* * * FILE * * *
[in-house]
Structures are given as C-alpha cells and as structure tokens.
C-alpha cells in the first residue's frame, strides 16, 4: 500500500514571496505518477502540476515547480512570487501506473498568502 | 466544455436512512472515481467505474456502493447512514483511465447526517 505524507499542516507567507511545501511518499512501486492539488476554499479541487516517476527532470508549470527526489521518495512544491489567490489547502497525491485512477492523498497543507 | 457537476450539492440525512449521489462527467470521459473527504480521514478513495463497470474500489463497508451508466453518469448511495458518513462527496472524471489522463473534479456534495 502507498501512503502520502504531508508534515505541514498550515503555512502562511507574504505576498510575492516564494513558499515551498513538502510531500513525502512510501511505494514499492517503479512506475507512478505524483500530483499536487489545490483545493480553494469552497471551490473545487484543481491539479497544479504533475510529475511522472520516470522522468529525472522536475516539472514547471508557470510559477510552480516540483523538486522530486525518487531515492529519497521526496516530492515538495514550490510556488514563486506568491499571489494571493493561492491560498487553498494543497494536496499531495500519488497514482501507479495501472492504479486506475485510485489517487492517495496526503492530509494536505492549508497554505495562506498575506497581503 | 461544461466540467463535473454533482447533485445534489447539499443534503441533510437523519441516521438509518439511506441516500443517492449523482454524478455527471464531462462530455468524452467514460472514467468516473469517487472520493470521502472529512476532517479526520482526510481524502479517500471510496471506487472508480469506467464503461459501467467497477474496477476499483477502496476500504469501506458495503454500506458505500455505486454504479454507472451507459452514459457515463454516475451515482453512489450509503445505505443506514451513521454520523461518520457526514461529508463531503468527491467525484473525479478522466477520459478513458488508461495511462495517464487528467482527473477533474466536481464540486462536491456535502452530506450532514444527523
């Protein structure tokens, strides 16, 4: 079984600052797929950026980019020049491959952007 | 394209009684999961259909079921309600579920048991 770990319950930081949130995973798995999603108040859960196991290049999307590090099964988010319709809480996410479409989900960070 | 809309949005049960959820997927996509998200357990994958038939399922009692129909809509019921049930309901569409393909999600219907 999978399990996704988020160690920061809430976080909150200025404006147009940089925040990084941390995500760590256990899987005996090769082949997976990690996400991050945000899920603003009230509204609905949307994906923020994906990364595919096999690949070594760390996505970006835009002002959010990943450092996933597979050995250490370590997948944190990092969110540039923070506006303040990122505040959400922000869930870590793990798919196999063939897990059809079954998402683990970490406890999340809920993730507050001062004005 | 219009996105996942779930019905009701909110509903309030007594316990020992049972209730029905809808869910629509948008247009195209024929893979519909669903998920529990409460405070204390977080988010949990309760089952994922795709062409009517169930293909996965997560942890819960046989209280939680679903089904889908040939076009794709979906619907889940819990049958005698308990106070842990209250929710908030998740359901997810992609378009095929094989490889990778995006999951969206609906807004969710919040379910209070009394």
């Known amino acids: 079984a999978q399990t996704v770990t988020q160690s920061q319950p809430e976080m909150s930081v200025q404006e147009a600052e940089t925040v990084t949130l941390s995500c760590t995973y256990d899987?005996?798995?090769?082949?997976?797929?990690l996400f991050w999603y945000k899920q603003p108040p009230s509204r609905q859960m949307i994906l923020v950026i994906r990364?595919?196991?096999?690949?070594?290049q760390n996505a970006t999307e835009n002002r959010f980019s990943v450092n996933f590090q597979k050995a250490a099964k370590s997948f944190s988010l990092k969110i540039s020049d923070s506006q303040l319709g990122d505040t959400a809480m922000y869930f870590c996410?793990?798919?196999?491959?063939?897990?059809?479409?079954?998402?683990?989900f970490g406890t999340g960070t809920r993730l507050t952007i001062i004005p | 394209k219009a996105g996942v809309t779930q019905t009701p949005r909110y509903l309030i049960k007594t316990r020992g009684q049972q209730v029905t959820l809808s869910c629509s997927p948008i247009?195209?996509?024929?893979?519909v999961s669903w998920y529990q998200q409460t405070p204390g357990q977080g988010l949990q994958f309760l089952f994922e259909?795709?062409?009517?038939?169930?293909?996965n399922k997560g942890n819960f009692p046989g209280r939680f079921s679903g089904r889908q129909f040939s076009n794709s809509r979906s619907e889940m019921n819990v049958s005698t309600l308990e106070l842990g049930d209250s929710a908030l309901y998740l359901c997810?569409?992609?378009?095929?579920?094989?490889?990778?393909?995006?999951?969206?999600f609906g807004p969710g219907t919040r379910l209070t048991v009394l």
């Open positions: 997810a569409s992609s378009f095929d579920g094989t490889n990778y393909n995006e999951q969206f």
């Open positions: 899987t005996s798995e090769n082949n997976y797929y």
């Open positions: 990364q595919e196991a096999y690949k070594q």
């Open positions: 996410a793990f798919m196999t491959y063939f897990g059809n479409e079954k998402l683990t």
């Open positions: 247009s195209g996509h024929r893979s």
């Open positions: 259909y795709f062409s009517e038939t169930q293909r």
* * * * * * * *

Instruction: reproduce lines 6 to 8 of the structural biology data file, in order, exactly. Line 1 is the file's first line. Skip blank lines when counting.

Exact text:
């Open positions: 997810a569409s992609s378009f095929d579920g094989t490889n990778y393909n995006e999951q969206f």
């Open positions: 899987t005996s798995e090769n082949n997976y797929y």
């Open positions: 990364q595919e196991a096999y690949k070594q």